It’s no good being good if no one knows you’re good.
We women are very good at sharing the credit for what we do with others. That’s a lovely trait. I’m a woman, so I like it.
However, there are times when you have to let people know just how good YOU are, not everyone else in your team.
Do not assume doing your job well is enough to get noticed.
Do not assume that virtue is its own reward and one day someone will notice just how dedicated and clever you are.
You need to give folk a little nudge, and here’s how:
7 tips to help you raise your profile at work
1. Physically talk to people instead of sending yet another email.
This is such an easy thing to do and so few of us do it. Admit it now, haven’t you sent an email to someone sitting just a few hundred yards from you? Apart from being very good for your health, standing up and actually speaking to someone will make you stand out as well as stand up. Don’t waste their time. Be pleasant, and ask them directly what you need, or want to arrange, and the matter is done. Try to do this with one new person at least once a day. You are much more memorable than an email.
2. Use a respected social media site for business, like LinkedIn.
We all know we have to be careful with social media and that many employers routinely check up on their employees. Well, make this work for you. Take some time and effort to make sure you have a very business like profile out there. So many women tell me, “yes, I’m on LinkedIn but nothing happens”. That’s because they uploaded their details a few years ago and sat back to wait for something to happen. Funnily enough nothing does happen.
Savvy women know that they have to use LinkedIn as a dynamic tool. They know that if someone Googles their name often the first result shown is their LinkedIn entry (try it). So if you’ve signed up and then neglected it resolve to go back and update. I always suggest writing it in the first person as everyone knows we write our own blurb. It looks a bit weird as if you suddenly start writing about yourself in the third person (just my view). Be immediate and enthusiastic. This is currently mine but I change it regularly Jane C Woods on LinkedIn. I would advise using LinkedIn at least once a week and find out just how to use it properly. I’ll be writing a post on it soon. You can sign up to get my posts regularly (2 or 3 times a week) if you wish. More information is here.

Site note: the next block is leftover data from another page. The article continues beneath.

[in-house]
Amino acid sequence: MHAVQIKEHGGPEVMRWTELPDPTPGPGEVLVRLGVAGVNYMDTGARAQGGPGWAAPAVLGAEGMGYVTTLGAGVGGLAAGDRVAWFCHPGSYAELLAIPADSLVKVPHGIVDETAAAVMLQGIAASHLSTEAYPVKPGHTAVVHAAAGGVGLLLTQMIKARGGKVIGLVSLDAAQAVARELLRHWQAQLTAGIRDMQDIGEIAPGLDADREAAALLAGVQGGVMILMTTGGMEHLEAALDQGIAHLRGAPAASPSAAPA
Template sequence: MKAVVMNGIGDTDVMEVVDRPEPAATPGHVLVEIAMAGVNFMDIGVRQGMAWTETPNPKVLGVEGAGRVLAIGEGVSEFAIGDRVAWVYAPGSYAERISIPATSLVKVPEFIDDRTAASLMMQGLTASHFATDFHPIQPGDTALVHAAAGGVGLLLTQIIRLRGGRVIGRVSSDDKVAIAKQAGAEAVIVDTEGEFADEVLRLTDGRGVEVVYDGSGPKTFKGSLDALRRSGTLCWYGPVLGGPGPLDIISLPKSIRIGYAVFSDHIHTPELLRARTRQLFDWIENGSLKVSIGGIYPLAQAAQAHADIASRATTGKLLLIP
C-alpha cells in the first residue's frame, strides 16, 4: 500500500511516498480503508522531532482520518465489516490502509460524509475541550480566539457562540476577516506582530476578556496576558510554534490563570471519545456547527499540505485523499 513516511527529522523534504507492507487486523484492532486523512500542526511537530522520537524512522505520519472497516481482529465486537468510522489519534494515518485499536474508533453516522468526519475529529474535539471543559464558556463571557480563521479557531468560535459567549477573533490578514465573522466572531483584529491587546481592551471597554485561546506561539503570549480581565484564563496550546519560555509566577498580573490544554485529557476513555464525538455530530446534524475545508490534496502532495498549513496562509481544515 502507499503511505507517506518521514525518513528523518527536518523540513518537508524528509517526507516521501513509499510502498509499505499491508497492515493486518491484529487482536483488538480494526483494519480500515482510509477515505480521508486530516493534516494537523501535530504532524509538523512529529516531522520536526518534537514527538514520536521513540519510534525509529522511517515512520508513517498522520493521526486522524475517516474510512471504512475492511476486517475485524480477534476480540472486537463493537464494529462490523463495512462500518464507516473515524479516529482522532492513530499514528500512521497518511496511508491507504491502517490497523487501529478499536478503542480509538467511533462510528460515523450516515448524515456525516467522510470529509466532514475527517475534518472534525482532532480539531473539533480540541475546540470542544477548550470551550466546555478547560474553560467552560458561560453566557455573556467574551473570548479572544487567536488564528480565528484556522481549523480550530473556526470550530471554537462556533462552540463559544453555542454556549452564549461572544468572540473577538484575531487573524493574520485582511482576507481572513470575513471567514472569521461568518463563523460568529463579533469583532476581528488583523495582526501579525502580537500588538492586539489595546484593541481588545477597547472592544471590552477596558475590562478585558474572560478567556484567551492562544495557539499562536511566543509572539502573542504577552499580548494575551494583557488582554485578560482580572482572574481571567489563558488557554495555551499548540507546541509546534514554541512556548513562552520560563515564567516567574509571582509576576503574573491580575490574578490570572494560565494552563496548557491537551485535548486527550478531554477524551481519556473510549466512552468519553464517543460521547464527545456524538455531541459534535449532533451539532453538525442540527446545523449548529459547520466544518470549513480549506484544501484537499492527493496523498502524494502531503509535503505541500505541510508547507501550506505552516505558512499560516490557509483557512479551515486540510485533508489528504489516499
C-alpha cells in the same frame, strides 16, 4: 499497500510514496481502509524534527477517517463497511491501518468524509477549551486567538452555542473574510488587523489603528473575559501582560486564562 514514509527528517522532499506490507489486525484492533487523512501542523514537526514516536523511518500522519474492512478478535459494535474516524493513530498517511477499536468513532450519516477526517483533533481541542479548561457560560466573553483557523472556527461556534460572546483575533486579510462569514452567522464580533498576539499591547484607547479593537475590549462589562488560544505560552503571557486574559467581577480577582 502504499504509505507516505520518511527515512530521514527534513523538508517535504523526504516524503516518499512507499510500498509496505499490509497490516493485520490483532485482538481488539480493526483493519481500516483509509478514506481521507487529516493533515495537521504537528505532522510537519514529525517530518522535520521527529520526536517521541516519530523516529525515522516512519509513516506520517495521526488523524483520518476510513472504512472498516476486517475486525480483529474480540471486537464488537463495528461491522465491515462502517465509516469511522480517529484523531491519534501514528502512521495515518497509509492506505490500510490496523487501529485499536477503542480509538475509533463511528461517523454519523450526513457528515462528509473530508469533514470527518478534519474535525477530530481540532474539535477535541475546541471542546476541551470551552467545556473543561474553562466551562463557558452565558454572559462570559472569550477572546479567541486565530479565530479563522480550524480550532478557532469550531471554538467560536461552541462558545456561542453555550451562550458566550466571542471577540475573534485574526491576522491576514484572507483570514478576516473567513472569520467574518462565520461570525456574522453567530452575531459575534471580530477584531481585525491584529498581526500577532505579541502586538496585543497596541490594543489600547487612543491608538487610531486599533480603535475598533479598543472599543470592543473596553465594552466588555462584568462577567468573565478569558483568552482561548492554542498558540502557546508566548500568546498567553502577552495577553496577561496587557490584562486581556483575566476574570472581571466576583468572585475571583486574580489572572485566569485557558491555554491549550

3. Speak Up – resolve to make your voice heard at work.
You knew I was going to say that, didn’t you? I have a whole audio programme devoted to the topic. There is a wealth of research on this. My favourite quote is from Mary Beard who said: “We have not yet learned to hear authority in women’s voices.” That is so true.
Typically we women do not interrupt. Researched fact. By being so polite we often miss a chance to add our point of view. Resolve to speak up as soon as you can in every meeting you attend. Read the agenda in advance and prepare your thoughts. Then say what you want to say with confidence.
4. Understand the other areas of your business
Women tend not to move jobs until they really know their current one inside out. This is both an advantage and a disadvantage. The disadvantage is that we can spend too long at a lower grade and miss our time to shine. The advantage is that we are a repository of knowledge about our area of work.
But do you know what goes on in the rest of the business? We women are naturally inclined to be good at this. Our brains are good at seeing the whole picture. Understanding some of the other systems and how it links with yours can make you invaluable. And raise your profile!
5. Be a clever networker
By which I don’t mean get a reputation for turning up to the opening of an envelope… Choose your events wisely. Take a long hard look at who is going to what and what effect it is having on their career. Ideally you will choose events where there are some senior managers whom you can dazzle with your knowledge. (Did I say you have to talk to them when possible? You do.) You may even go to events outside of your work but connected with your profession. Then you can send round a short email explaining what happened at these events and share any new thinking. Which brings me to the penultimate point.
6. Volunteer for something outside of your area
Your career can get a great boost if you volunteer to do something different. Not only will you add to your knowledge and experience but you’ll meet with a new group of people. You might have to invest some of your own time in this, but this is your brilliant career we’re talking about and no one cares about it as much as you do.
7. Find a mentor/coach/supporter
This can be from within your own organisation but don’t forget about outside of it. There are various schemes where you can offer support and get some back, too. Be specific about what you want. The best people are probably very busy and in demand. Put a time limit on their involvement. For example, ask them if they will mentor you for 3 months while you work on the new project you’ve volunteered for. And remember to thank them and keep them updated on your progress.
If you’ve some tips that have worked well for you, please do use the comments section to share. I love to hear from you. It’s your career and no one will ever care so much about as you do. Resolve to take charge. It’s no good being good if no one knows you’re good…
Photo Credit: FreeLImages Everardo Ramirez
Posted on July 27th, 2015 by Jane